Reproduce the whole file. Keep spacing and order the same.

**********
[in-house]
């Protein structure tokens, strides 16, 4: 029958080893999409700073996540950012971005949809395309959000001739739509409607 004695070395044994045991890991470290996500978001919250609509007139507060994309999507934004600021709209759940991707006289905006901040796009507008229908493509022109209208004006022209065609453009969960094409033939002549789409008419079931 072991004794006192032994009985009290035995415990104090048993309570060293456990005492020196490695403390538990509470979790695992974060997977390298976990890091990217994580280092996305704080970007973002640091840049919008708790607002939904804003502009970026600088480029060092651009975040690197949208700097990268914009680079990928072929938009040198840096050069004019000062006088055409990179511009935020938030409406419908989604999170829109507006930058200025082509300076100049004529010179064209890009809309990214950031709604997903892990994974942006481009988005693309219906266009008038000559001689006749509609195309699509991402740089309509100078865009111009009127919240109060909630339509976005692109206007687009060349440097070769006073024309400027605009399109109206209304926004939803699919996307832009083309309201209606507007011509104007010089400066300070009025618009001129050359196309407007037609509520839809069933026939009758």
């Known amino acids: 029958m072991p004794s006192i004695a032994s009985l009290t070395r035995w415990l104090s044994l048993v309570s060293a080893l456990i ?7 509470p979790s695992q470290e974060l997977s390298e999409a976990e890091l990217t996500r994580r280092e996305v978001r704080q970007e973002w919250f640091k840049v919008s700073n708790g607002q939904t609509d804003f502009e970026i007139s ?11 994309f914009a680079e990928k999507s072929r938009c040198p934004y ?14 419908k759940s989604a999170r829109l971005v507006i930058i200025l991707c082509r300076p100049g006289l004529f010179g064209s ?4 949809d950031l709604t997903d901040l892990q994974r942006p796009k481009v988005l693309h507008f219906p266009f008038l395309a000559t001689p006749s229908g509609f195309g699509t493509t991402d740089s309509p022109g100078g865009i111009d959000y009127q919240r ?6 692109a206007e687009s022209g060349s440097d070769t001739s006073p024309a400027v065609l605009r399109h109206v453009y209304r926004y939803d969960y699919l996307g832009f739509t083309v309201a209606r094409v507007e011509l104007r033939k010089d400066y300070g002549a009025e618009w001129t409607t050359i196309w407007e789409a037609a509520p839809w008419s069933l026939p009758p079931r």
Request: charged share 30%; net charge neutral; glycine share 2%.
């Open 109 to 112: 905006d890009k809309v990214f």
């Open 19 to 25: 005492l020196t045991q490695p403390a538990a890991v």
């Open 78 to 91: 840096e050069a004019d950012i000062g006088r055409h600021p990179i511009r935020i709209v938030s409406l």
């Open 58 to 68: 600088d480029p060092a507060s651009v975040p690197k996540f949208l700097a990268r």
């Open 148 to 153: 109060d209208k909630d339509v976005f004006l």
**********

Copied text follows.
[in-house]
């Protein structure tokens, strides 16, 4: 029958080893999409700073996540950012971005949809395309959000001739739509409607 004695070395044994045991890991470290996500978001919250609509007139507060994309999507934004600021709209759940991707006289905006901040796009507008229908493509022109209208004006022209065609453009969960094409033939002549789409008419079931 072991004794006192032994009985009290035995415990104090048993309570060293456990005492020196490695403390538990509470979790695992974060997977390298976990890091990217994580280092996305704080970007973002640091840049919008708790607002939904804003502009970026600088480029060092651009975040690197949208700097990268914009680079990928072929938009040198840096050069004019000062006088055409990179511009935020938030409406419908989604999170829109507006930058200025082509300076100049004529010179064209890009809309990214950031709604997903892990994974942006481009988005693309219906266009008038000559001689006749509609195309699509991402740089309509100078865009111009009127919240109060909630339509976005692109206007687009060349440097070769006073024309400027605009399109109206209304926004939803699919996307832009083309309201209606507007011509104007010089400066300070009025618009001129050359196309407007037609509520839809069933026939009758």
């Known amino acids: 029958m072991p004794s006192i004695a032994s009985l009290t070395r035995w415990l104090s044994l048993v309570s060293a080893l456990i ?7 509470p979790s695992q470290e974060l997977s390298e999409a976990e890091l990217t996500r994580r280092e996305v978001r704080q970007e973002w919250f640091k840049v919008s700073n708790g607002q939904t609509d804003f502009e970026i007139s ?11 994309f914009a680079e990928k999507s072929r938009c040198p934004y ?14 419908k759940s989604a999170r829109l971005v507006i930058i200025l991707c082509r300076p100049g006289l004529f010179g064209s ?4 949809d950031l709604t997903d901040l892990q994974r942006p796009k481009v988005l693309h507008f219906p266009f008038l395309a000559t001689p006749s229908g509609f195309g699509t493509t991402d740089s309509p022109g100078g865009i111009d959000y009127q919240r ?6 692109a206007e687009s022209g060349s440097d070769t001739s006073p024309a400027v065609l605009r399109h109206v453009y209304r926004y939803d969960y699919l996307g832009f739509t083309v309201a209606r094409v507007e011509l104007r033939k010089d400066y300070g002549a009025e618009w001129t409607t050359i196309w407007e789409a037609a509520p839809w008419s069933l026939p009758p079931r």
Request: charged share 30%; net charge neutral; glycine share 2%.
């Open 109 to 112: 905006d890009k809309v990214f």
């Open 19 to 25: 005492l020196t045991q490695p403390a538990a890991v």
């Open 78 to 91: 840096e050069a004019d950012i000062g006088r055409h600021p990179i511009r935020i709209v938030s409406l």
């Open 58 to 68: 600088d480029p060092a507060s651009v975040p690197k996540f949208l700097a990268r």
């Open 148 to 153: 109060d209208k909630d339509v976005f004006l």